The tournament will be broadcast live across America. The event will feature an expanded field to eight schools.
I was fifteen when I first picked up a basketball. It was the game that all the cool kids played, and I wanted to be like them. They were kind enough to let me try, so I did. Trying to become Young Kobe just through twice a week sessions that my academic-first Asian parents allowed me.
Monday, August 8, - Summer break is quickly winding down for many across the United States. But for a special team of almost young men mostly in their teens or 20s , vacation has just started.
My high school basketball career culminated in a 77 — 6 defeat at the hands of an unheralded Chinese school team. Well at least the 6 points my team scored was when I came on as a substitute.
Here are the most valuable lessons that basketball has taught me about winning at life.
Data and Statistics Are Your Friends. Neither am I extremely quick, nor accurate with my shooting. My favorite player is Kobe Bryant.
So I started to learn from the man who arguably defended Kobe best: Shane Battier. What was the secret to his success? Shane Battier is incredibly intelligent and disciplined.
But more than that, he prepared for duels against elite NBA players by studying advanced statistics about the way they played. He can devote himself to a process and disregard the outcome of any given encounter.
My job is not to keep him from scoring points but to make him as inefficient as possible. Data and statistics can help us optimize other aspects of our lives.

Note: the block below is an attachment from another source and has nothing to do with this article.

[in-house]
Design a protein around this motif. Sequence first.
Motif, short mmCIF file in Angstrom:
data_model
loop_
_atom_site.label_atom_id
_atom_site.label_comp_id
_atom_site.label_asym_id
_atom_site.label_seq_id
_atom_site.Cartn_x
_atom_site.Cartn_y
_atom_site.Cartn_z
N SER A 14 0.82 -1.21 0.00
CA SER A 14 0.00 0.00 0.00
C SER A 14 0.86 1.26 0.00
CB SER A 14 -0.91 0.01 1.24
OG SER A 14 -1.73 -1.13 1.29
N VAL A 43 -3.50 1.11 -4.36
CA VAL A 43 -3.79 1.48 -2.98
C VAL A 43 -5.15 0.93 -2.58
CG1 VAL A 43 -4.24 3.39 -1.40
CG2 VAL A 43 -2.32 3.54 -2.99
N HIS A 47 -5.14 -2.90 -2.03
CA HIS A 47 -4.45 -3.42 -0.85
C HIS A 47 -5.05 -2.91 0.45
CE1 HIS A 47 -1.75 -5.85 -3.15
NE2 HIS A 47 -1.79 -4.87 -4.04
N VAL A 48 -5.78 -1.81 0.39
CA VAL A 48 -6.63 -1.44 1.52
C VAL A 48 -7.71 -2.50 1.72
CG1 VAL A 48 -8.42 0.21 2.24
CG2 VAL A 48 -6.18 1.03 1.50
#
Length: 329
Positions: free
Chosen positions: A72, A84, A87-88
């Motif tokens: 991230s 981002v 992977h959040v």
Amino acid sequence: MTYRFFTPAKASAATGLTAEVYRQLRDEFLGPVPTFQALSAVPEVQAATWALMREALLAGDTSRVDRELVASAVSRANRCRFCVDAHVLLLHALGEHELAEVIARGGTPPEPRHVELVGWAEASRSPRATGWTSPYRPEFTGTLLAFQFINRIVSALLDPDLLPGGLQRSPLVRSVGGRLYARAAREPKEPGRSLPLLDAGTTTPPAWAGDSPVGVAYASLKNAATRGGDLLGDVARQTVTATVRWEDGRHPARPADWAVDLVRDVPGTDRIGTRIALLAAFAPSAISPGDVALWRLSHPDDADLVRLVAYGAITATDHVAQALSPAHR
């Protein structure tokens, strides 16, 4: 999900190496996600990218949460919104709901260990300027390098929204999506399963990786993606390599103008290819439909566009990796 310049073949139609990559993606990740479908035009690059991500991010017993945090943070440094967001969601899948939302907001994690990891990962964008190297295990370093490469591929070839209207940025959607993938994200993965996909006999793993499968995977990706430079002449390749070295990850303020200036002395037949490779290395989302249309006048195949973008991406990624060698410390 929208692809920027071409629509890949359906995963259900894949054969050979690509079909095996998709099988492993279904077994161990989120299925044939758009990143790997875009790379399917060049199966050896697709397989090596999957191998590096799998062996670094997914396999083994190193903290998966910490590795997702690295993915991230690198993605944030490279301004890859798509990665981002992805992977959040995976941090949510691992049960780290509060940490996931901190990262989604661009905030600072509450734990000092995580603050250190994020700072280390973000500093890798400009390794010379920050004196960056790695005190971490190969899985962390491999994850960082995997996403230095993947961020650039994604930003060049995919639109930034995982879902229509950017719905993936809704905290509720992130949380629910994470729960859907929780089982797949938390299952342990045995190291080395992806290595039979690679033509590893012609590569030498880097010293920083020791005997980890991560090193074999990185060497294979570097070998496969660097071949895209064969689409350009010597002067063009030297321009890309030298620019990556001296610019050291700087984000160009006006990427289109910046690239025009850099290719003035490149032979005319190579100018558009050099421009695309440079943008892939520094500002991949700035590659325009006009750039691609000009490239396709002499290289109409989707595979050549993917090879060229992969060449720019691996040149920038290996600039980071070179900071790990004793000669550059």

No more three-hour morning meetings then. Maybe Steve Jobs could hold three-hour meetings, because he was so brilliantly charismatic and mean.
Statistics can help us maximize whatever talents we already have. Just like how one of the most averagely athletic basketball players became a two-time NBA champion.
The Malaysian Malays and Chinese are always there. And we have Filipinos, Australians, Americans and Europeans gracing our court too.
Especially in a country where racial relations are not always the best. To make them see beyond common prejudices and boundaries. Or how the entire Philippines stops and watches when Manny Pacquiao is fighting in the ring. It would be unrealistic to say that a little bit of sports is going to cure racism forever.
Some of the others prefer a traditional two-man Stockton-Malone pick and roll. A team can easily disintegrate because there are so many different opinions. A guy who keeps the team working together.
Does the unglamorous dirty work too. Like collecting rebounds, playing solid defense, and making the extra pass to the open man. He also has a knack for getting the ball to teammates who are in a position to do the same, and he commits few turnovers.
But you can always be a glue guy.
You can be the one who makes the timely assist to keep team morale high. The one who makes work fun. The one who makes all his teammates better. You might not get all the plaudits, attention, or money.
We All Get Old.
Some of us have gotten fat. Some have given up the game for more adult responsibilities: marriage, children and career. Like how Old Jordan and Old Kobe learned to optimize their games: relying on solid post moves and unstoppable fadeaway shots — instead of high-flying acrobatic moves above the rim.
And not to take unnecessary risks, that could potentially cause permanent body damage. Remember to take care of your body. Especially as you start to get older. It helps you enjoy the biggest game of all more: life. My hero then was Roberto Baggio, and I decided I wanted to become a football player.
But instead of going outside to play more, I got stuck playing Championship Manager and writing imaginary news reports about football.
No wonder I could never become very good. Not only did I not have the physical tools, I loved too many other things too.
Maybe this love was meant to be combined with other things I love — like writing. Work it into your schedule. Prioritize it. Even if it hurts you sometimes. And your life will be better for it.